Alert / Employee Benefits
Federal court strikes down 2018 association health plan rules

Squeezing what might be the last bit of air from the Trump administration’s 2018 association health plan regulations, a federal trial court yesterday invalidated the two key elements of those much hailed – and assailed – regulations.

Judge John Bates, a George W. Bush appointee, ruled that the 2018 AHP regulations went too far in allowing AHPs to cover both sole proprietors and employers outside the boundaries of traditional, industry-centric associations.

The ruling throws into doubt whether entities such as state and local chambers of commerce may continue efforts to establish AHPs in reliance on the 2018 rules.

Lockton comment: The court ruling leaves intact prior Department of Labor (DOL) guidance allowing industry-centric AHPs to exist, provided the association members participating in the AHP control the health plan, membership excludes sole proprietors and the AHP satisfies existing regulatory requirements.

The 2018 AHP rules began with such promise …

The Trump administration’s AHP rules garnered significant attention when proposed and again when finalized last year. They were designed to permit far more small employers, and even working owners or sole proprietors, to leave the highly regulated and expensive small-group and individual health insurance markets in favor of enrollment under large-group insurance plans issued to associations.

Large-group insurance plans do not suffer the same intense regulation, particularly under the Affordable Care Act, that small-group and individual health insurance policies do. For that reason, large-group plans are often less expensive on a per-employee basis, making AHP plans attractive to small business owners and sole proprietors.

Older DOL guidance required an association sponsoring a health plan to be a bona fide, industry-centric association. The new rules allowed employers in different industries to band together to buy health insurance, even if the main reason for coming together was to buy health coverage. This opened greater opportunity and an easier path, as the AHP could be established primarily, although not solely, to take advantage of large-group health insurance.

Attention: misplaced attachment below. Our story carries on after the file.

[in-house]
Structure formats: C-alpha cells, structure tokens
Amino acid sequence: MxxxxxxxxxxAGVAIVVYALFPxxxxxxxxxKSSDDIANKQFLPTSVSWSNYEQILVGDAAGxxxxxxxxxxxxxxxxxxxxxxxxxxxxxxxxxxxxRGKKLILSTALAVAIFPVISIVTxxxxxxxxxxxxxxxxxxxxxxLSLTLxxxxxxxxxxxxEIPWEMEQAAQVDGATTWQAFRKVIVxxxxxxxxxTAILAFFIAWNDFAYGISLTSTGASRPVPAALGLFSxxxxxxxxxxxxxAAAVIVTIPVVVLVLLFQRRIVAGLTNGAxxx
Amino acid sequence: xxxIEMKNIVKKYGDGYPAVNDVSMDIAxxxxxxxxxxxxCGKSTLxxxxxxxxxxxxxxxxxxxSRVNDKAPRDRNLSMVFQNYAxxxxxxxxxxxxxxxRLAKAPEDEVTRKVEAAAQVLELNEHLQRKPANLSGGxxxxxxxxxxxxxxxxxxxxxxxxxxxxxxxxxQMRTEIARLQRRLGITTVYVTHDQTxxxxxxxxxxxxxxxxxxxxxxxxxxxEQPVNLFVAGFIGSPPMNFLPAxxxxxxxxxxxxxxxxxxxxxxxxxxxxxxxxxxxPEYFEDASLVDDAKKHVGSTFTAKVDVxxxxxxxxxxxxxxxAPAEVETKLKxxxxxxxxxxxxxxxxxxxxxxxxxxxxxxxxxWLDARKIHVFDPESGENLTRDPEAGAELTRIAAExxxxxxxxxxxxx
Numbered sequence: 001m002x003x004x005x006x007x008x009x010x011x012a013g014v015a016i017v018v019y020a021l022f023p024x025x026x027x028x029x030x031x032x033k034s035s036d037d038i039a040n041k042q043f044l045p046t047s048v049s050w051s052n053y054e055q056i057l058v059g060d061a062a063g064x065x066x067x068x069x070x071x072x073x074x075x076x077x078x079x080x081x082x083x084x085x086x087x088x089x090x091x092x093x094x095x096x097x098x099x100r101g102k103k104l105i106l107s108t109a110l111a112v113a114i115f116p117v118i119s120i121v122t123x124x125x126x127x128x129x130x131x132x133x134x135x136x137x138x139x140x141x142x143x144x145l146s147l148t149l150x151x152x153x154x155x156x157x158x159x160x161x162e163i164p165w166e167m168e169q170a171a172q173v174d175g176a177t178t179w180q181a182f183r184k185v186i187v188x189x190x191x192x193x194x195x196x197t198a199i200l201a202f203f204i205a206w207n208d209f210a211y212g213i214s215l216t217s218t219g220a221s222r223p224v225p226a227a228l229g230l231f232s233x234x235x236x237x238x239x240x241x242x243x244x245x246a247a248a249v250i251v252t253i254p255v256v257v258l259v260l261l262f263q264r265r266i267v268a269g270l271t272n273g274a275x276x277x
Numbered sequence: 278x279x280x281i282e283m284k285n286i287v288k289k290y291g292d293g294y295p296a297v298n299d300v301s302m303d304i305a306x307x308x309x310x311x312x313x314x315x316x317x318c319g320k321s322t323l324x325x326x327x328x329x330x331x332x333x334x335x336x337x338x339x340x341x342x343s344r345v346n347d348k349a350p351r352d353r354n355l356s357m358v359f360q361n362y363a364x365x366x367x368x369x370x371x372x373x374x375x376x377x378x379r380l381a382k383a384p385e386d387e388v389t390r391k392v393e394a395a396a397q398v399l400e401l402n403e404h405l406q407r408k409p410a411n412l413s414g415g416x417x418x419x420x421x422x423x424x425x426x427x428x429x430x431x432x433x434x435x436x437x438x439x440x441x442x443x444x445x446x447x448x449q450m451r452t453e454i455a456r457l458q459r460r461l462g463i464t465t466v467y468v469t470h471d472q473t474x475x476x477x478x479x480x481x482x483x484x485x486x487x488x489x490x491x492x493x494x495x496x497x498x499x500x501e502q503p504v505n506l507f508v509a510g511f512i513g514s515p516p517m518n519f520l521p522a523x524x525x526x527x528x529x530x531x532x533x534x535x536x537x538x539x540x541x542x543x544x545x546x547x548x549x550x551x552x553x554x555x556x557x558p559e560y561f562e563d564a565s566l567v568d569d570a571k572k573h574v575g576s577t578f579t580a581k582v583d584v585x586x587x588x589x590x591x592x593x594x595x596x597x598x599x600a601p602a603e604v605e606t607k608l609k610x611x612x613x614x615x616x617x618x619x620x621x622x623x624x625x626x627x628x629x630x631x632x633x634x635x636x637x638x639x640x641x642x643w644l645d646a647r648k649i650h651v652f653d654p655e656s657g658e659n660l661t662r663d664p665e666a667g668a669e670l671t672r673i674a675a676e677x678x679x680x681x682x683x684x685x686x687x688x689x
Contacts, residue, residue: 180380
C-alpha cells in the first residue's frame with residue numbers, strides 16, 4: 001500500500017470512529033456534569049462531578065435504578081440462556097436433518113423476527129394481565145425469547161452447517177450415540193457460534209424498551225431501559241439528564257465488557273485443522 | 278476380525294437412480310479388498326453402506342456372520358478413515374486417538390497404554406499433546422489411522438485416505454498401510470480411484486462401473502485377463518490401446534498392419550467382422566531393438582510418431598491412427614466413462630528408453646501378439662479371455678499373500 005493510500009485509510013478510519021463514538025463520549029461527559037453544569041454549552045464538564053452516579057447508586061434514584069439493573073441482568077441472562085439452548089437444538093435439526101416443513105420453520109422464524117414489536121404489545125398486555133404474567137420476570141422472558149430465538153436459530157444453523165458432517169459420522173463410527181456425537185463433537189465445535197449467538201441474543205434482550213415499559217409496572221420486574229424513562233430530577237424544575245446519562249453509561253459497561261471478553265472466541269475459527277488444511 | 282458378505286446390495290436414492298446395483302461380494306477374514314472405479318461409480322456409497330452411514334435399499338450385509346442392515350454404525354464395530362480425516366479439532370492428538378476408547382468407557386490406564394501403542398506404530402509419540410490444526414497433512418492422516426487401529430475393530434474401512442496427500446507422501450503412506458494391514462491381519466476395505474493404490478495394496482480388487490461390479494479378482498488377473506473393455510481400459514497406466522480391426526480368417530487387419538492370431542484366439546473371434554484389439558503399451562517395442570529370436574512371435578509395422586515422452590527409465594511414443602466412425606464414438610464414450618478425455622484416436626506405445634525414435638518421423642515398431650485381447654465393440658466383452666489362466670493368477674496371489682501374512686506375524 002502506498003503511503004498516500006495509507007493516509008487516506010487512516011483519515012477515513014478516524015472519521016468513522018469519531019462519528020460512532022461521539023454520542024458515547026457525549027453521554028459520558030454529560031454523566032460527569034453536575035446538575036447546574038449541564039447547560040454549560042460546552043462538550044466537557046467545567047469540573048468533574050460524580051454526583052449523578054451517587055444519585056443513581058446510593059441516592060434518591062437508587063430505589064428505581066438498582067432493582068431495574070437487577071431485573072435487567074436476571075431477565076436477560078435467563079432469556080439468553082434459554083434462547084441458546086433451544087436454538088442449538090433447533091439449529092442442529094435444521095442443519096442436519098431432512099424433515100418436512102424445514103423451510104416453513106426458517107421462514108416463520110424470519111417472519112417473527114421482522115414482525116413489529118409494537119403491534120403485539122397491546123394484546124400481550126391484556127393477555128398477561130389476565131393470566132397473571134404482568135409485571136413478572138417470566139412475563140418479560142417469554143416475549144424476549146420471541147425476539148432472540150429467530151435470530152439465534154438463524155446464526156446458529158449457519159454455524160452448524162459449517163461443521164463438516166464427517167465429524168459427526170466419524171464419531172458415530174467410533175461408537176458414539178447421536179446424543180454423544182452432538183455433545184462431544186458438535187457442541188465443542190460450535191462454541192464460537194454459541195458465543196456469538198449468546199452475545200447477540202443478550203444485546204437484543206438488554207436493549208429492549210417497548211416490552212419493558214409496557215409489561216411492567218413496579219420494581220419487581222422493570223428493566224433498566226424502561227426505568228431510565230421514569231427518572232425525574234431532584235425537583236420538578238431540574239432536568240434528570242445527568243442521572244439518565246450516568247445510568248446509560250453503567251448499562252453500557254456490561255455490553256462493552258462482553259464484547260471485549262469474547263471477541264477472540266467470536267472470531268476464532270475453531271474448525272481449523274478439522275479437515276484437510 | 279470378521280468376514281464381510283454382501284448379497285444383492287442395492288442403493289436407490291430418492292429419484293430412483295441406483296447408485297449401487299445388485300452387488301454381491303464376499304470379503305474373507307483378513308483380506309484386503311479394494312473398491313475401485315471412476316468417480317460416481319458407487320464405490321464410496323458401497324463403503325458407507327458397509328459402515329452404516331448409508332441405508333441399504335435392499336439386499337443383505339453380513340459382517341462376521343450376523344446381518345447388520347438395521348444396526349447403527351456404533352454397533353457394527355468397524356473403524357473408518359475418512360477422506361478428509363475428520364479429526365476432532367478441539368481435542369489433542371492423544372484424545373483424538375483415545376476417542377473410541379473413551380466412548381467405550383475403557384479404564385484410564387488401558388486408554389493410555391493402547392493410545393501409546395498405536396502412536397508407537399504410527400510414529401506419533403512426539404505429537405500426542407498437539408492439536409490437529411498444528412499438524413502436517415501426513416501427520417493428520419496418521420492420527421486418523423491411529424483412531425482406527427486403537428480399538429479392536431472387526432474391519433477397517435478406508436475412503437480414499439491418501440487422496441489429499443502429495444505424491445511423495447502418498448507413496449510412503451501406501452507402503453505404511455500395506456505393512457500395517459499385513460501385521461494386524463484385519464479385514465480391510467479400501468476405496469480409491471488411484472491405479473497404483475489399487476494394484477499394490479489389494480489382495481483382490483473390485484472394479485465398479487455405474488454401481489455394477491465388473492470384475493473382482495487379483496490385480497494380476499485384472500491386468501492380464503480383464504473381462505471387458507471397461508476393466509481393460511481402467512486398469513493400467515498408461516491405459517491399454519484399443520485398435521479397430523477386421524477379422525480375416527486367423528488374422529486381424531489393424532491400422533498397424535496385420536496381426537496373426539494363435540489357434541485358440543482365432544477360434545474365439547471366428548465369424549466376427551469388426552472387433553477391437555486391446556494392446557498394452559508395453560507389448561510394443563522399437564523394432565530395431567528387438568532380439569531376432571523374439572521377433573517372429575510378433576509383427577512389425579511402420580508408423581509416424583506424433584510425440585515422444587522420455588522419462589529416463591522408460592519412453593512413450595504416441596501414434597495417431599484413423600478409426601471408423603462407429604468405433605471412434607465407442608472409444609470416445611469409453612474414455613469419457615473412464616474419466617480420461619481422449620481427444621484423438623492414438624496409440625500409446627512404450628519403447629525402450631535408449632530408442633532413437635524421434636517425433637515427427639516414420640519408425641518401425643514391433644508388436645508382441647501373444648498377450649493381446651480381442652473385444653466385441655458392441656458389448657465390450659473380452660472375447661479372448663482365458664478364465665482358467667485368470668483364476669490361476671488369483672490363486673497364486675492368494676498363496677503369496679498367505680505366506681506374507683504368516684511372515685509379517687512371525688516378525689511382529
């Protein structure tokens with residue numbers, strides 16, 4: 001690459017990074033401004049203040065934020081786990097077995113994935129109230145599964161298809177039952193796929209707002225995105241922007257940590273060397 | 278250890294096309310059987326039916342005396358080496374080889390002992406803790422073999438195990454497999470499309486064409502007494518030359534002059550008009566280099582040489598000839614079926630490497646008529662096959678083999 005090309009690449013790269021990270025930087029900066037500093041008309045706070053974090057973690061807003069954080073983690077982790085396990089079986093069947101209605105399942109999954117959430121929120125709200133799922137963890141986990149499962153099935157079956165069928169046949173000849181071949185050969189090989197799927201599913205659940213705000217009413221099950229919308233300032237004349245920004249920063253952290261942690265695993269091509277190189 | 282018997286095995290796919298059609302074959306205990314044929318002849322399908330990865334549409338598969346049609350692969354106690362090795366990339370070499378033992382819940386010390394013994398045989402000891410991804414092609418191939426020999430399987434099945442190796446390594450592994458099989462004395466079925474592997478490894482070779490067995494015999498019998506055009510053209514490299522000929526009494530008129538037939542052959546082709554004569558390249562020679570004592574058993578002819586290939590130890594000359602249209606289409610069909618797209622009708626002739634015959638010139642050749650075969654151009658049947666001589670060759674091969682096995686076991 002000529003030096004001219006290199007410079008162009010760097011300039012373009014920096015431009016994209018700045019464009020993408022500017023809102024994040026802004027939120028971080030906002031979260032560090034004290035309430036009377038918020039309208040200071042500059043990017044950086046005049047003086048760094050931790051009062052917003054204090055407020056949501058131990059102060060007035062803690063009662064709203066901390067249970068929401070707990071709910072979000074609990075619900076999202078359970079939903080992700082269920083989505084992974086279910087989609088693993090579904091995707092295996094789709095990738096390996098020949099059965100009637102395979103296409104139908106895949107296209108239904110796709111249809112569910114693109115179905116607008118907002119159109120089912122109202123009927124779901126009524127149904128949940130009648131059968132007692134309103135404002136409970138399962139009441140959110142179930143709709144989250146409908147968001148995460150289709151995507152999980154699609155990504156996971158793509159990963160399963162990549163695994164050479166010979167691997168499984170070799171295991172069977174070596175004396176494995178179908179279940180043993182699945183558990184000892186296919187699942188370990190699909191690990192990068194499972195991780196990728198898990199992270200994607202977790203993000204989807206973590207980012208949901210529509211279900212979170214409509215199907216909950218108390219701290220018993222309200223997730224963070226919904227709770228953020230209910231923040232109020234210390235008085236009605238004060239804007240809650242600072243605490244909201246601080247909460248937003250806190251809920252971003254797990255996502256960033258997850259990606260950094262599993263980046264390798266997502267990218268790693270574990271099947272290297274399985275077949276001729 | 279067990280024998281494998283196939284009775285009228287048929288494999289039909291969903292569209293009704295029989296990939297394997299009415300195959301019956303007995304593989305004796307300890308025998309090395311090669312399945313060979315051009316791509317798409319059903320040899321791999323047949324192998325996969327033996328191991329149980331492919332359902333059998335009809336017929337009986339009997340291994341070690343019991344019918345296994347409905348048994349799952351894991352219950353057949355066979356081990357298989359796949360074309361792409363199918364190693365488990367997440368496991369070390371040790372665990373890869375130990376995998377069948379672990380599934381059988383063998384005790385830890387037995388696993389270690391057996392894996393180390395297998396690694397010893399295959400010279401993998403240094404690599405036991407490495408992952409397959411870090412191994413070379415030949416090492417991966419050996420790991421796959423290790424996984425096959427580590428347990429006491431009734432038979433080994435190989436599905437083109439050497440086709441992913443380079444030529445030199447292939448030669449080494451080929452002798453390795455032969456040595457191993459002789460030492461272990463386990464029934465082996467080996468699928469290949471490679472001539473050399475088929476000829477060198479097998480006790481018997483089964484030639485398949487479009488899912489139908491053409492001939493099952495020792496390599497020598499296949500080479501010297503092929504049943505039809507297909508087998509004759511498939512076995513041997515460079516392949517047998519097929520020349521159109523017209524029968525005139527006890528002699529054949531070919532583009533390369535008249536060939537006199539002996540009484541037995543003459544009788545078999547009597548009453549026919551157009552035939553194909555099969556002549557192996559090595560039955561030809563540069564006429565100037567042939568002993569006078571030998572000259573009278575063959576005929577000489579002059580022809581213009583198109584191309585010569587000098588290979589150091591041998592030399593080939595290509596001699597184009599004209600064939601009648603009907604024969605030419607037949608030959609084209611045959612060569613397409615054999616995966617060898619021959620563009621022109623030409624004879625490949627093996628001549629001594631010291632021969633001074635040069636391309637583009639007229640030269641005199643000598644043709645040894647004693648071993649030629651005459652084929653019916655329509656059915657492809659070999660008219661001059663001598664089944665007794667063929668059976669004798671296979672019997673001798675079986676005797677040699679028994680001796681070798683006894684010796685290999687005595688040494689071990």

… but not all states were willing to play along

The Trump administration’s rules, however, reserved to the states the right to restrict formation of these new AHPs, and many states quickly balked. Several, particularly in the northeast, issued guidance saying insured coverage of small-group employers, even under an AHP, had to comply with the state’s small-group insurance rules. This guidance effectively eviscerated the intended impact of the new AHP rules in those states. They then joined forces to sue the DOL, alleging that the rules unlawfully and unreasonably expanded association coverage rules. It is that case that landed on Bates’ doorstep.

Federal court: Too abrupt an about-face

Regulations adopted to clarify or provide guidance under a federal law must make reasonable interpretations of the law. Here, the court was troubled by the DOL’s “abrupt change in course” from its older AHP rules requiring close representational interest between the association and its members (like traditional trade or industry associations) to a new rule that allows “virtually any association of disparate employers connected by geographic proximity to qualify as single ERISA plans.”

“The Final Rule is clearly an end-run around the ACA,” Bates concluded, and “does violence to ERISA.”

Lockton comment: ERISA is central to the AHP analysis because the DOL’s old and new AHP rules center on ERISA’s definition of “employer” as the entity that can sponsor an employee benefits plan. The old (and still valid) DOL rules allow associations to serve as the “employer” if, as noted above, the association adequately represents its employer-members’ interests and exists for reasons other than health insurance. The new AHP rules dramatically – and in the court’s eyes, unreasonably – expanded this definition of “employer,” causing the states to bring their lawsuit.

Conclusion

The court’s decision, if it stands on appeal, is simply the coup de gras to the new AHP rules, which were already hamstrung by the ability of the states to decline to honor them. The reluctance of a handful of key states to play along had already frustrated national associations of unrelated employers (like a national chamber of commerce or small business federation) from establishing nationwide AHPs for their members.

Unless and until Congress passes legislation allowing for the changes intended by the new AHP rules and forcing states to play along, the promise of lower-cost health insurance for many small employers will likely remain elusive.

Not legal advice: Nothing in this Alert should be construed as legal advice. Lockton may not be considered your legal counsel, and communications with Lockton's Compliance Services group are not privileged under the attorney-client privilege.

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